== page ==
If I go all-in preflop with less than the big blind, I'm I entitled to the preflop pot or just double my stake?

  • For tournament games you will always get to bet whatever you have left, However in cash games many places will not let you go all in in the big blind if you do not have a full big blind and a few places will not deal you in if you have less then the big blind remaining in your stack.
    – Jon
    Feb 21, 2017 at 11:31
  • 1
    Possible duplicate of How are side pots built?
    – Herb
    Feb 21, 2017 at 13:35

2 Answers 2


There is an immediate side pot:

  • Blinds will match your bet. SB will be SB if less than your bet.
  • For any caller the amount of your bet will go into that side pot.

If you win then you get that side pot.

  • 1
    Nice concise answer, just one thing though - what you're calling a "side pot" is actually the main pot. But that's just semantics, +1 for brevity.
    – 3N1GM4
    Feb 20, 2017 at 15:29

Firstly, if you are shoving pre for less than one big blind, you can't win the pot preflop uncontested without having to see a board and go to showdown. The only exception would be if everyone else folded preflop (including the BB, who can run the board with you without investing any additional money and so always should). The other edge case is where you are in the BB yourself and you're all-in blind to pay a portion of the big blind. If this portion is larger than a small blind, then it is also possible for you to win preflop by everyone else folding (and you would win just the SB amount, plus get your original <1BB stack back).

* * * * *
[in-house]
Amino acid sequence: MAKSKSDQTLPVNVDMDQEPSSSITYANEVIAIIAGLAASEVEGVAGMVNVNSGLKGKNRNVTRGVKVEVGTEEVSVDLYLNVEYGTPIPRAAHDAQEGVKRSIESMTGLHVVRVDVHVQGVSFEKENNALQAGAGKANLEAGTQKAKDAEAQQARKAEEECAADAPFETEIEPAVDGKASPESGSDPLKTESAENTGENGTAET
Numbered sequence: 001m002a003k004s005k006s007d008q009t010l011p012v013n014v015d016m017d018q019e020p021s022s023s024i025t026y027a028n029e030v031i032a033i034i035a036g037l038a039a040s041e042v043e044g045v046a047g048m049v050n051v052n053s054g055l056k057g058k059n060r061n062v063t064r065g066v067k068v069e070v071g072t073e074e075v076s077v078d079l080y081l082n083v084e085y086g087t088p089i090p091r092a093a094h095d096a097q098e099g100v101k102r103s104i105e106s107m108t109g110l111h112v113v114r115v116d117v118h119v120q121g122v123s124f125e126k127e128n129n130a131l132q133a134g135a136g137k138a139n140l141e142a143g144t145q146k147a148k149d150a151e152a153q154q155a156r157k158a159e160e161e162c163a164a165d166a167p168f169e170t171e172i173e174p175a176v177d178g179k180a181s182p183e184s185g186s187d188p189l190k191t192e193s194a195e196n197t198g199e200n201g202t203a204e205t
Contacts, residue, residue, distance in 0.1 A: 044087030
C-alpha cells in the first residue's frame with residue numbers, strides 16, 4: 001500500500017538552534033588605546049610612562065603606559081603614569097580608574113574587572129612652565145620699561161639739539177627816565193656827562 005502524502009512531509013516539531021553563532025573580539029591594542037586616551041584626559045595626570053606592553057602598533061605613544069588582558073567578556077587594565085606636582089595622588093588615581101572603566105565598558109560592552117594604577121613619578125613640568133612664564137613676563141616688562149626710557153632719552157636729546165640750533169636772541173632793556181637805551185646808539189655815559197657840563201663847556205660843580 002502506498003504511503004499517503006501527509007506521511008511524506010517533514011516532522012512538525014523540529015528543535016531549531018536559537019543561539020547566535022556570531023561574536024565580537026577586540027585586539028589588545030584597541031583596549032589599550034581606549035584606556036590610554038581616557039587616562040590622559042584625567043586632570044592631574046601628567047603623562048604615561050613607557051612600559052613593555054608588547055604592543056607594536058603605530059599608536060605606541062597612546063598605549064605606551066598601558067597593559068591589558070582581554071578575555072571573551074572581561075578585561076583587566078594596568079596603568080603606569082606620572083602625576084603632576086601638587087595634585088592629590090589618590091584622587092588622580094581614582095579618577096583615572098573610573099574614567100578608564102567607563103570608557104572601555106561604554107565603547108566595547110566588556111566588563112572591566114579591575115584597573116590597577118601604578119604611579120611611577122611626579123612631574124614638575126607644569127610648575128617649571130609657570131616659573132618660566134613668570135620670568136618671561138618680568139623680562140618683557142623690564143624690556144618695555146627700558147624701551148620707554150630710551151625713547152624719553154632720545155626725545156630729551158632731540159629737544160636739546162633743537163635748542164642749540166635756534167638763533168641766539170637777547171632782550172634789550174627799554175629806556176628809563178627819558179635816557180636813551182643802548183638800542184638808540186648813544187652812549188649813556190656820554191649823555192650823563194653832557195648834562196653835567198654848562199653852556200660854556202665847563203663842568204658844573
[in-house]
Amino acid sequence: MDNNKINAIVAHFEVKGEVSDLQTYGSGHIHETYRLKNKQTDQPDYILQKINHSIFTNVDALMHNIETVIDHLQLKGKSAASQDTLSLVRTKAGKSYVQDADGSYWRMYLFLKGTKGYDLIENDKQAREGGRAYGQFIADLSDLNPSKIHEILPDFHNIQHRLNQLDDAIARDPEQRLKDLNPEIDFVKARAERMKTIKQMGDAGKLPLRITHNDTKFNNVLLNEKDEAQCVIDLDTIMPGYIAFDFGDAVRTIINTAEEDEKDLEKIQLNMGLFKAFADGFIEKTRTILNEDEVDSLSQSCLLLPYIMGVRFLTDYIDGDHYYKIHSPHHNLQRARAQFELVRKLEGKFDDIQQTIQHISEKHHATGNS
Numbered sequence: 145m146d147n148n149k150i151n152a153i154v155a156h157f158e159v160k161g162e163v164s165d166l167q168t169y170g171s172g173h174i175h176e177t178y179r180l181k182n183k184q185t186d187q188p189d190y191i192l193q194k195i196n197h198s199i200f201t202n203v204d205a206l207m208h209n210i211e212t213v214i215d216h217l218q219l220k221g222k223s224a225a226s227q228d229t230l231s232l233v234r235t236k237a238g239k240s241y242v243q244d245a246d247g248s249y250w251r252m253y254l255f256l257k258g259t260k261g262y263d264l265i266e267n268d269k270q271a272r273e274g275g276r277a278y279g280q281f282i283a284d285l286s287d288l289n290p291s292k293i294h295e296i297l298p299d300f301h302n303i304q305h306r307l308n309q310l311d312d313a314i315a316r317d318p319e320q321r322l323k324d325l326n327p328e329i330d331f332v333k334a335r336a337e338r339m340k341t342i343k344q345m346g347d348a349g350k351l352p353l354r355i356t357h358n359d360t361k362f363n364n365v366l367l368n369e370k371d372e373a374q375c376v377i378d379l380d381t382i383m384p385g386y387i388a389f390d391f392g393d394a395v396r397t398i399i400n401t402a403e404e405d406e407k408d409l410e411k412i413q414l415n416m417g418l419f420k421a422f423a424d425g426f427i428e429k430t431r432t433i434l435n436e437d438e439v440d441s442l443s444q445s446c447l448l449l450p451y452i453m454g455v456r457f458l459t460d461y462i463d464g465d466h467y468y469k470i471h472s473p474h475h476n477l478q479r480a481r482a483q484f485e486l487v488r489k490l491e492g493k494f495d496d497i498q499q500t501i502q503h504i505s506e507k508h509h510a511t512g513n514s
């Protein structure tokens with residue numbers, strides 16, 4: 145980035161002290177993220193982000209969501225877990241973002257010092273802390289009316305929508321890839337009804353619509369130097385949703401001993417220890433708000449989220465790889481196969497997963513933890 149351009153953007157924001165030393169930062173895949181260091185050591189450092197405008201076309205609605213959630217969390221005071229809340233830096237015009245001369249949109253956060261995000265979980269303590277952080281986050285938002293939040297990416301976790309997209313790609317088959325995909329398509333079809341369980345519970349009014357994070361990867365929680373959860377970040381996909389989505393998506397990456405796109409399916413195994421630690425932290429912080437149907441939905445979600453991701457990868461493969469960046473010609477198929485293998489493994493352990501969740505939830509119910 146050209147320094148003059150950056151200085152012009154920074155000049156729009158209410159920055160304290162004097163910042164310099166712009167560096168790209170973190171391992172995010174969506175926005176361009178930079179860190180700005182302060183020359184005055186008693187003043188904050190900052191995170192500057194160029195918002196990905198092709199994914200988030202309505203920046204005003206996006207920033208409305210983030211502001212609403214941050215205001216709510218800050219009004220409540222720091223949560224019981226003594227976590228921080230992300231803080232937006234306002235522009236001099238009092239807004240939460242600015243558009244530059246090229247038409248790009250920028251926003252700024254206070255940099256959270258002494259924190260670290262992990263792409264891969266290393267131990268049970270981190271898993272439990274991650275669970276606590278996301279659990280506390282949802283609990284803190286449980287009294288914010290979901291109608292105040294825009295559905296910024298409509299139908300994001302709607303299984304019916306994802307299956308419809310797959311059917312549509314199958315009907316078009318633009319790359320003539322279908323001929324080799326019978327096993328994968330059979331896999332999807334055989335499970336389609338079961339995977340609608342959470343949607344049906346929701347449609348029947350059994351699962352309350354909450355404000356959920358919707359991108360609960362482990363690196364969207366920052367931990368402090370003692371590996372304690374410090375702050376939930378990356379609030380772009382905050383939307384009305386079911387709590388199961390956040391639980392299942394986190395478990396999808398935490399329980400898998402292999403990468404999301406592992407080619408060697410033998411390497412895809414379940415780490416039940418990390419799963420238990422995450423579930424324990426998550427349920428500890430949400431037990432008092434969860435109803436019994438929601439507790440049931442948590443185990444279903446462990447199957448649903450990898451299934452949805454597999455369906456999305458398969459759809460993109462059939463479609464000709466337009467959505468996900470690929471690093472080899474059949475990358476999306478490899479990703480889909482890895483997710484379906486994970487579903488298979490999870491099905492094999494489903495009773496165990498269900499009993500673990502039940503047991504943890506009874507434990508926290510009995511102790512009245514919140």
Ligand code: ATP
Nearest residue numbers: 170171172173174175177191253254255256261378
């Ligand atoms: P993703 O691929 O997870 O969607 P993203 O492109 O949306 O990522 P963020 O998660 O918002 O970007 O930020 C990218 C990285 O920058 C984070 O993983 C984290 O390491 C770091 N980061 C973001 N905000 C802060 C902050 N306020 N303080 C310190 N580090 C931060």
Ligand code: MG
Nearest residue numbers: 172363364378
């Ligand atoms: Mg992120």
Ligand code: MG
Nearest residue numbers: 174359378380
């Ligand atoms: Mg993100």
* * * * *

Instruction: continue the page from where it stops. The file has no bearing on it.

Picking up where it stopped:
That aside, if you are all-in for less than the current bet (including your example when shoving preflop with <1BB), a side pot will be built as you can only win amounts from the pot where other players have matched your bet.

For example, let's say you are in a tournament where the blinds are 2k/4k (no antes for simplicity) and you are on the button with 3k, it folds to you and you shove.

Scenario 1: SB folds. BB player will be refunded 1k from his 4k BB and you will then see a board with a pot of 8k (your 3k, the BB player's 3k and the 2k from the SB)

Scenario 2: SB completes to 4k, BB checks. Main pot (which you are able to win) will be 9k (your 3k, plus 3k each from the SB and BB) and there will be a side pot between the SB and BB for an additional 2k (the amount by which they collectively exceeded your all-in) going to the flop.

Scenario 3: SB raises to 20k (or any amount really), BB folds. SB will immediately win 1k from the BB player's BB, will be refunded all of his/her raise except for 3k (so in this example 17k) and you will see a board with a pot of 9k (your 3k, 3k of the BB and the SB's 3k).

The same logic is applied if the SB raises and is called, or some combination of raising and folding happens between the SB and BB players. Ultimately you will end up contesting a 9k pot if the SB doesn't fold, or an 8k pot if they do, regardless of what other action there is.

If there are more than 2 other players contesting the pot, you can win an additional 3k for each one which at least calls the BB and the side pot(s) will be built accordingly. So as an extreme example, if you're at a 10-handed table and everyone limps pre (except you, who undershoves for your 3k), you would have a main pot of 30k (including your own 3k) which you could win.

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